By Devon Delfino, Staff Writer
Last week’s American Airlines computer snafu , which caused the cancellation of over four hundred flights, served as a disturbing reminder of how reliant we have become on technology, and how easily it can fail us.
Smart phones, tablets, laptops, etc. We now have countless ways to stay connected. And with every month, it seems, we are introduced to faster and smaller versions of technologies we probably already own. Not to mention the countless apps at our disposal.
Have a sudden desire to become a priest? There’s an app for that, according to an article on CNN’s Belief Blog. Need to find the nearest Starbucks? There’s an app for that. Need someone to shame you into going to the gym? There’s an app for that, too. There are so many apps that my phone can barely stay charged.
While riding the bus to work the other day, I suddenly looked up from my phone and realized that every single person around me was on some sort of mobile device, avoiding eye contact at any cost, as if it were unnatural. And who can blame them? We all do it.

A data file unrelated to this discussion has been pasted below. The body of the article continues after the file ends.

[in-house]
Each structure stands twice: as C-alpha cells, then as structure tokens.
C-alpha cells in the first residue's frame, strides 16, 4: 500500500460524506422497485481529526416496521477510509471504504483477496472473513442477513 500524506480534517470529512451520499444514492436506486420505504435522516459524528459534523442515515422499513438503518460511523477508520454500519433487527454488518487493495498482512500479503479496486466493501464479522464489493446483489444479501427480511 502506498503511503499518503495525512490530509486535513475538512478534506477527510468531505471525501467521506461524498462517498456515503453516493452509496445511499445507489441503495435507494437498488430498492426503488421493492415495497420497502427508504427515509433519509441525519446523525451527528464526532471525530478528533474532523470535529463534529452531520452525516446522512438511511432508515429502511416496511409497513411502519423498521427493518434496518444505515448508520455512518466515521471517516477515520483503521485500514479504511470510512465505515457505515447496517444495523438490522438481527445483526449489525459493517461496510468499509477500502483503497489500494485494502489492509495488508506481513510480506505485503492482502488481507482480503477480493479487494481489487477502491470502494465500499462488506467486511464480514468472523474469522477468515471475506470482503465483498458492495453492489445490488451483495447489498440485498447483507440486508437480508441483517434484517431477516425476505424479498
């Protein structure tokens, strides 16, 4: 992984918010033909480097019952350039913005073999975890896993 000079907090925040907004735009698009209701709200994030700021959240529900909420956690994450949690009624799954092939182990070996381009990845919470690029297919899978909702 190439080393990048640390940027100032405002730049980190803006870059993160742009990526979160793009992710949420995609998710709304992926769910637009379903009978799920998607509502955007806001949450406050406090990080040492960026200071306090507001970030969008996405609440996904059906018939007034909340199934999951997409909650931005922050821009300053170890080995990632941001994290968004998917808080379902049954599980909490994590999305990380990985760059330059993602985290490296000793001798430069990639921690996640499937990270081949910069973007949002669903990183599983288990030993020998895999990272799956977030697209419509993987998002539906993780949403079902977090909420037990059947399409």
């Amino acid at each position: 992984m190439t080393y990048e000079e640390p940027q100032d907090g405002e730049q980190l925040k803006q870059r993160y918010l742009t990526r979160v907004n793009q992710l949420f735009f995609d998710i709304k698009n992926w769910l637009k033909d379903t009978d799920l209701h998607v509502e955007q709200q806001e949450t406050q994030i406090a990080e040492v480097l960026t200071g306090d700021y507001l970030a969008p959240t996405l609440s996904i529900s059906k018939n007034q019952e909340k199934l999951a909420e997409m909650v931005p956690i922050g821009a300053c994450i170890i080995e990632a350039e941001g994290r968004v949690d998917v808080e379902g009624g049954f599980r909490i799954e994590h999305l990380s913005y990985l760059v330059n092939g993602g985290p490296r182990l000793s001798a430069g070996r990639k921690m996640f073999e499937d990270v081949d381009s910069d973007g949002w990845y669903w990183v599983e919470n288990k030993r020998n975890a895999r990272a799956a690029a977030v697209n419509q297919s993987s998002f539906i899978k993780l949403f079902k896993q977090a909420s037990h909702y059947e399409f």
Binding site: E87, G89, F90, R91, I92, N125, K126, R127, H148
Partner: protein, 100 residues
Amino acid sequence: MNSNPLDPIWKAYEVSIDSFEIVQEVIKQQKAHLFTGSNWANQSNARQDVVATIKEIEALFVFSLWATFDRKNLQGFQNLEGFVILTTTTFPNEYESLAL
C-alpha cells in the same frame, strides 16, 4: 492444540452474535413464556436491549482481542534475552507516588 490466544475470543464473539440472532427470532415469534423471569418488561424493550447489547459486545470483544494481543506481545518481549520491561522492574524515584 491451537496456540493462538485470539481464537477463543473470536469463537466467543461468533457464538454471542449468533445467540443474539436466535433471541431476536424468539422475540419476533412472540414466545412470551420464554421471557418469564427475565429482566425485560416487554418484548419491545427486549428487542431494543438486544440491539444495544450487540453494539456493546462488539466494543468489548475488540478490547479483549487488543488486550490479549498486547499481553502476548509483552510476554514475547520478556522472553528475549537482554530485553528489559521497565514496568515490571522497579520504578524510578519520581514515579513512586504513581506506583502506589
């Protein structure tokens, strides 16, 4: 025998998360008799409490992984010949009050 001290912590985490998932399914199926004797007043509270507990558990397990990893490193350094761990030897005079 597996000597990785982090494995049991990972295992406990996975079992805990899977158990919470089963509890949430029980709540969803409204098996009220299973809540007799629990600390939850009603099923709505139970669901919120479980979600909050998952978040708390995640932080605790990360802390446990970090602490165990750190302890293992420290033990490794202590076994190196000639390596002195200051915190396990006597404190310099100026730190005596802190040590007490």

Technology has become a way of distancing ourselves from others; even under the guise of “social media,” we still use our phones and iPods and tablets to avoid human interaction, whether it’s on the bus, or simply walking to class.
Our reliance on technology is particularly clear in those moments when it fails us. We expect so much of our phones and tablets and laptops, and we tend to freak out when it takes forever to download that new game, or when the touch screen on our phone decides it’s not working right now. It’s incredibly frustrating.
We are wired in nearly twenty-four hours a day, googling our every whim, yet we still need more. We demand faster processors, smaller phones, and better screen resolution.
So ask yourself when the last time was that you went a whole day without using the internet; it’s probably not a bad idea to unplug every once in a while.